And one of them is a bit “naughty,” according to the author.
The non-fungible tokens, which went on sale today and will be on auction until May 1, feature bespectacled office drone Dilbert chatting with his pet, Dogbert, about the high prices non-fungible tokens are demanding. A digital artwork from Beeple sold for $69 million last month, and everyone from Grimes to Rob Gronkowski have cashed in on multimillion-dollar sales.
Introducing the Dilbert NFTs — One nice, one naughty. Which one will go for more in the auction? Let’s find out. https://t.co/ZTExqlfLXj
— Scott Adams (@ScottAdamsSays) April 15, 2021
In one PG-rated version, Dogbert explains that he bought an NFT for $600, to which Dilbert retorts, “There is literally no good reason to own any collectible digital art.”
Dogbert responds that he’s sold the item for $120,000. The mild-mannered Dilbert proceeds to go ballistic, screaming (mug still in hand): “Can you let me be right for one minute?”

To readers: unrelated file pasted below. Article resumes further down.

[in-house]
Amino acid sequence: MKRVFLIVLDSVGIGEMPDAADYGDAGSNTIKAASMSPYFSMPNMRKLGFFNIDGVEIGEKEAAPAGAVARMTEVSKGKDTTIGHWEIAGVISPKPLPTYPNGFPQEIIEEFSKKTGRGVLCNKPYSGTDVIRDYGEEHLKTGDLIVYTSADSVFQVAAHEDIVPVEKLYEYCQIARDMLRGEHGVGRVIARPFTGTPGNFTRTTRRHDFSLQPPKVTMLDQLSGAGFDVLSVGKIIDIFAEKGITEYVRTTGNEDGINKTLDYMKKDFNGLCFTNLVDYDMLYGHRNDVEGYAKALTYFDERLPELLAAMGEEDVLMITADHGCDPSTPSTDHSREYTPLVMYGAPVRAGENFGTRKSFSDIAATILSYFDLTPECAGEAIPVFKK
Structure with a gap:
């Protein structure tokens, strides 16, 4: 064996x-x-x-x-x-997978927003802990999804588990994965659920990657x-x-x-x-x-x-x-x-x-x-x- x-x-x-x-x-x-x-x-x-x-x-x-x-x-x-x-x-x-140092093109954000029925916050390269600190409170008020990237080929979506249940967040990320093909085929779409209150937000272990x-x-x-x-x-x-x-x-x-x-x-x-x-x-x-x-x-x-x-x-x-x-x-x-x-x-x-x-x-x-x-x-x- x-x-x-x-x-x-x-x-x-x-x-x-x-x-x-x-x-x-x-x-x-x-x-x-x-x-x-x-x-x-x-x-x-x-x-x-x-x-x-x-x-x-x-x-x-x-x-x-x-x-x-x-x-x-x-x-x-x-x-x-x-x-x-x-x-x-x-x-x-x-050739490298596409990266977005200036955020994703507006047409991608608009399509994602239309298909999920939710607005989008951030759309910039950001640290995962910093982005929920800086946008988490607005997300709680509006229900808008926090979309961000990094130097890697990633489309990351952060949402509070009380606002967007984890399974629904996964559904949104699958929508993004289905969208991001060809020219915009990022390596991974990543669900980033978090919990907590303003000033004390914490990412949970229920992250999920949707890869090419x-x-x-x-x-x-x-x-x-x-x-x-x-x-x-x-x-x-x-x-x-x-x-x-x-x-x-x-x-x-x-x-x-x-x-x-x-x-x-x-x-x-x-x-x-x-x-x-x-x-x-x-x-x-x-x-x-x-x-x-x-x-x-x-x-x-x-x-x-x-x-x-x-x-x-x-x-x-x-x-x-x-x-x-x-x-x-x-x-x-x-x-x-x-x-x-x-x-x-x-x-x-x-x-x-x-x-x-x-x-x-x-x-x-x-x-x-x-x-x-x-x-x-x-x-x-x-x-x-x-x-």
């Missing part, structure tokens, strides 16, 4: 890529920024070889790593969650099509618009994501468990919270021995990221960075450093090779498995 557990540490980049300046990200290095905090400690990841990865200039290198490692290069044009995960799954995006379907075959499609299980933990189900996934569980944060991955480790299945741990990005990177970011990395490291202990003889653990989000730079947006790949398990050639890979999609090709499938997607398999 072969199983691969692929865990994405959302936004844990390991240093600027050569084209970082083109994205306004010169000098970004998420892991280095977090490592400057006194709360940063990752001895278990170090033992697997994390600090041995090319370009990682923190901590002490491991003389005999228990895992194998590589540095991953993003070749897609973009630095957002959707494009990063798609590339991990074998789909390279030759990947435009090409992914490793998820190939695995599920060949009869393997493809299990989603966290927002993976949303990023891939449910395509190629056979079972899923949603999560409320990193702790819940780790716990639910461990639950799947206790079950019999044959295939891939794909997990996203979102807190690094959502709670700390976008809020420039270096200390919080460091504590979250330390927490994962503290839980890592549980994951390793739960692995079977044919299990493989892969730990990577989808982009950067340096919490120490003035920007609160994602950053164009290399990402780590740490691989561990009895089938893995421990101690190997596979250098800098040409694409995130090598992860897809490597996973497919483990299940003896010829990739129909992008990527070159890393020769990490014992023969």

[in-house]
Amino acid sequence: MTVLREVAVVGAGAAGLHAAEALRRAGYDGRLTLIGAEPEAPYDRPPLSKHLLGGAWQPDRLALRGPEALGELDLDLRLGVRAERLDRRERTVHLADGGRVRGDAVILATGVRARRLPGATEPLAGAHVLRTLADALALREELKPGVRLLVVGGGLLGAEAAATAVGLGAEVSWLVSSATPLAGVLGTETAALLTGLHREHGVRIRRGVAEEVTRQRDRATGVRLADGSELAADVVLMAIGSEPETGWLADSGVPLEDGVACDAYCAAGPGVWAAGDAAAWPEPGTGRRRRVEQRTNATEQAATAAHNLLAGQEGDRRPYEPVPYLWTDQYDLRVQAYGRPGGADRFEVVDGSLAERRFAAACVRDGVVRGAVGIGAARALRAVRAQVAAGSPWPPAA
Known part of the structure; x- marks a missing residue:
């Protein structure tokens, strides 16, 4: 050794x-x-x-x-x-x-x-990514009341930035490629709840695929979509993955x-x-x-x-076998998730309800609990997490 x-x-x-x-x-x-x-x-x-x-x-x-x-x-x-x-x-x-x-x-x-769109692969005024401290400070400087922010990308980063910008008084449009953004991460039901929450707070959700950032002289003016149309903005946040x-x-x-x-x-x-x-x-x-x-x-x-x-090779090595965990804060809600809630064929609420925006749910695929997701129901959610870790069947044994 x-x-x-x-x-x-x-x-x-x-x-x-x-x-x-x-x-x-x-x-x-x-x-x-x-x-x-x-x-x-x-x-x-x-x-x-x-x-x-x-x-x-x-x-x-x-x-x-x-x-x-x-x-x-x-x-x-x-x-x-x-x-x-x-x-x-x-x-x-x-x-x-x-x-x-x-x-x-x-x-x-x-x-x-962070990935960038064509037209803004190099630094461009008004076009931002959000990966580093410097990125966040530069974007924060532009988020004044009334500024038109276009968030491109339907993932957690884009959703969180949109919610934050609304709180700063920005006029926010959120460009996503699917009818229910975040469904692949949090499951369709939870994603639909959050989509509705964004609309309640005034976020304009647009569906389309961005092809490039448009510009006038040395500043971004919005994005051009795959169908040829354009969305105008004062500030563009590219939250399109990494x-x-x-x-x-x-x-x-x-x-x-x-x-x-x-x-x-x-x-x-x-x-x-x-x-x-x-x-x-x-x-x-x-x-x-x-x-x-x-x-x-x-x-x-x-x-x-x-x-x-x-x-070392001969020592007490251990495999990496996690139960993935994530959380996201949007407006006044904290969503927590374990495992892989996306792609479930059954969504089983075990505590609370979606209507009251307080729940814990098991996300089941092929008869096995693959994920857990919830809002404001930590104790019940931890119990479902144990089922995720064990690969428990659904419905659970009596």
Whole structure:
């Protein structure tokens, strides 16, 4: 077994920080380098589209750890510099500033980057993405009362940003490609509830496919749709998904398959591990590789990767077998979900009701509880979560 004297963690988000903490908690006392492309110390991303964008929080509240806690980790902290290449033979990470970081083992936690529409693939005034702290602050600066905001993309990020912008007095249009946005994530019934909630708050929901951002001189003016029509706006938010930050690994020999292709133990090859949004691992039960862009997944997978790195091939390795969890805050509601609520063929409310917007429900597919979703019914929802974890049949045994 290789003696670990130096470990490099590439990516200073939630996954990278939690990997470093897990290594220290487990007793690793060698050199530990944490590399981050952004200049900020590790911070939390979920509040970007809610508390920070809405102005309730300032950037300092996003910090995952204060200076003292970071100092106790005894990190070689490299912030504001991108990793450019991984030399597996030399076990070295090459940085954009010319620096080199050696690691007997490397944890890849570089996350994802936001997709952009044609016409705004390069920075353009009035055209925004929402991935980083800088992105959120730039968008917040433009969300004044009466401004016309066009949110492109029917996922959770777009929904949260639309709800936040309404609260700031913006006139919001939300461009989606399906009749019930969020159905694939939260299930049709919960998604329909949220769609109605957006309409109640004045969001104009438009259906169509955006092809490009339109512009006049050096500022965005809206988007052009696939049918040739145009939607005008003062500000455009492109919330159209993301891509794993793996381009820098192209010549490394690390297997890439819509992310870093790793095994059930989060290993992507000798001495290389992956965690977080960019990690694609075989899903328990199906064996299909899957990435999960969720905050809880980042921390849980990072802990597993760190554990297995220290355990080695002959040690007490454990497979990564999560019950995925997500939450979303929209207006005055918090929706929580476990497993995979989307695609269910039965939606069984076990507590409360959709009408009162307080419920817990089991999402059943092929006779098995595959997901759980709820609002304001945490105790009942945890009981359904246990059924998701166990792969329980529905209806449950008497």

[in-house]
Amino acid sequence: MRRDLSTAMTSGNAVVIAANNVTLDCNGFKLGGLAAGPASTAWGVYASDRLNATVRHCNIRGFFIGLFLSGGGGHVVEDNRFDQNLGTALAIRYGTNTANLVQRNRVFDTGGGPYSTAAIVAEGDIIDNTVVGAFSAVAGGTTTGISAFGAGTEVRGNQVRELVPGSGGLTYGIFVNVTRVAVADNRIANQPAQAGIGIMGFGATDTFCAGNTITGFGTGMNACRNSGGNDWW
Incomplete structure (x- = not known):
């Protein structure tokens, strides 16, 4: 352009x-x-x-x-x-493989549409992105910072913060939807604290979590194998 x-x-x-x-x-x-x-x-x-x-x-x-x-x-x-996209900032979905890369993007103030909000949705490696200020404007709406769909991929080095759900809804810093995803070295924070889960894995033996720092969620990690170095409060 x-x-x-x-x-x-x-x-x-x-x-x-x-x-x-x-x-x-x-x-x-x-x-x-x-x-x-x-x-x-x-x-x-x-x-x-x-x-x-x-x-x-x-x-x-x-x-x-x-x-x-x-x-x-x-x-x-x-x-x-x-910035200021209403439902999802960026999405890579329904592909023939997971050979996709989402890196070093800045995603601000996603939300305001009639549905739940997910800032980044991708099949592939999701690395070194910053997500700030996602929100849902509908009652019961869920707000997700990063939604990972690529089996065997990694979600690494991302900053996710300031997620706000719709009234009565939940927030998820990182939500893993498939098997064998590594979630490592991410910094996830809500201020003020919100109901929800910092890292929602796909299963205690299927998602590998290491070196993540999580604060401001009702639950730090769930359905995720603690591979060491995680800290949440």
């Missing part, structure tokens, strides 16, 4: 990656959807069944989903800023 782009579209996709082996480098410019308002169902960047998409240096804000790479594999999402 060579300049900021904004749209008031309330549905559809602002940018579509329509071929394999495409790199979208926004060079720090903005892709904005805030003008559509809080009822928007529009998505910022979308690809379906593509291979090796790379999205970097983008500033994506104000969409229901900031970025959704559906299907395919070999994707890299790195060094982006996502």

The PG-13 version is identical apart from one key detail. After Dogbert informs him of the money he’s made, Dilbert yells, “Can you let me be right for one f-ing minute?” (We at Decrypt prefer our funnies G-rated.)
Dilbert NFT. Image: OpenSea
Newspapers, where Dilbert appears, don’t usually publish comic strips with cursing (unless it’s Family Circus, of course) making this an apparent first for the character.
Responding to fans and/or trolls via Twitter, Adams admitted he didn’t quite get the fuss:
“For those who wonder, NFTs are digital art that is collectible because the original is registered on the blockchain . Yes, anyone can copy digital art. But you can’t copy its entry on the blockchain, which makes it collectible. Does that make rational sense? Nope.”
Of course, as Adams suggested, it doesn’t have to make rational sense to make money.
Nor does it make a ton of sense to pay extra for a curse word, but the top (and thus far only) bid on the PG-13 version is over $7,077. As of the time this article was published, no one has bid on the PG strip.